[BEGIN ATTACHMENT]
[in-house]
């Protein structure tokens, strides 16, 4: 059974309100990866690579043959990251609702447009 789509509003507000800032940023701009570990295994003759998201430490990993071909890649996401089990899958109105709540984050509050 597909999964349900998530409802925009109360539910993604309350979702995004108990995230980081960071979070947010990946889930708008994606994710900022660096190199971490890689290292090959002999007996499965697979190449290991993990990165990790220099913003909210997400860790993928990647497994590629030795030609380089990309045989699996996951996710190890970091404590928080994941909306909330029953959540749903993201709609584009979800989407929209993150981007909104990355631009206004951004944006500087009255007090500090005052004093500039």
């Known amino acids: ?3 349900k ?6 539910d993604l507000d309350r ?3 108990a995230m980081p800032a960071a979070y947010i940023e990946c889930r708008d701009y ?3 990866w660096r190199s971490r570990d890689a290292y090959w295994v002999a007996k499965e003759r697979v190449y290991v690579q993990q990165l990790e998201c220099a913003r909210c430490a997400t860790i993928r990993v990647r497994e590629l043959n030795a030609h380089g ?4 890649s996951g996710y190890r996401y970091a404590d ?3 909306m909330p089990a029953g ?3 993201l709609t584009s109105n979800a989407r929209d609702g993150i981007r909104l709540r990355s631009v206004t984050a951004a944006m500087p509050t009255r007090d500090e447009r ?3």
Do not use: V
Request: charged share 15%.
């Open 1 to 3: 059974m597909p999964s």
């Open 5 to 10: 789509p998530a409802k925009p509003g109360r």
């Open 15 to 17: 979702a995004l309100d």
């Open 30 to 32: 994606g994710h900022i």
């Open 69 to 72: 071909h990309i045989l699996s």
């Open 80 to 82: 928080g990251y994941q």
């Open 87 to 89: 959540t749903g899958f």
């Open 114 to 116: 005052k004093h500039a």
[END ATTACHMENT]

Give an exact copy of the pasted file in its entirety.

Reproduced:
[in-house]
């Protein structure tokens, strides 16, 4: 059974309100990866690579043959990251609702447009 789509509003507000800032940023701009570990295994003759998201430490990993071909890649996401089990899958109105709540984050509050 597909999964349900998530409802925009109360539910993604309350979702995004108990995230980081960071979070947010990946889930708008994606994710900022660096190199971490890689290292090959002999007996499965697979190449290991993990990165990790220099913003909210997400860790993928990647497994590629030795030609380089990309045989699996996951996710190890970091404590928080994941909306909330029953959540749903993201709609584009979800989407929209993150981007909104990355631009206004951004944006500087009255007090500090005052004093500039």
């Known amino acids: ?3 349900k ?6 539910d993604l507000d309350r ?3 108990a995230m980081p800032a960071a979070y947010i940023e990946c889930r708008d701009y ?3 990866w660096r190199s971490r570990d890689a290292y090959w295994v002999a007996k499965e003759r697979v190449y290991v690579q993990q990165l990790e998201c220099a913003r909210c430490a997400t860790i993928r990993v990647r497994e590629l043959n030795a030609h380089g ?4 890649s996951g996710y190890r996401y970091a404590d ?3 909306m909330p089990a029953g ?3 993201l709609t584009s109105n979800a989407r929209d609702g993150i981007r909104l709540r990355s631009v206004t984050a951004a944006m500087p509050t009255r007090d500090e447009r ?3």
Do not use: V
Request: charged share 15%.
């Open 1 to 3: 059974m597909p999964s």
């Open 5 to 10: 789509p998530a409802k925009p509003g109360r």
């Open 15 to 17: 979702a995004l309100d």
């Open 30 to 32: 994606g994710h900022i």
């Open 69 to 72: 071909h990309i045989l699996s």
């Open 80 to 82: 928080g990251y994941q």
């Open 87 to 89: 959540t749903g899958f």
């Open 114 to 116: 005052k004093h500039a």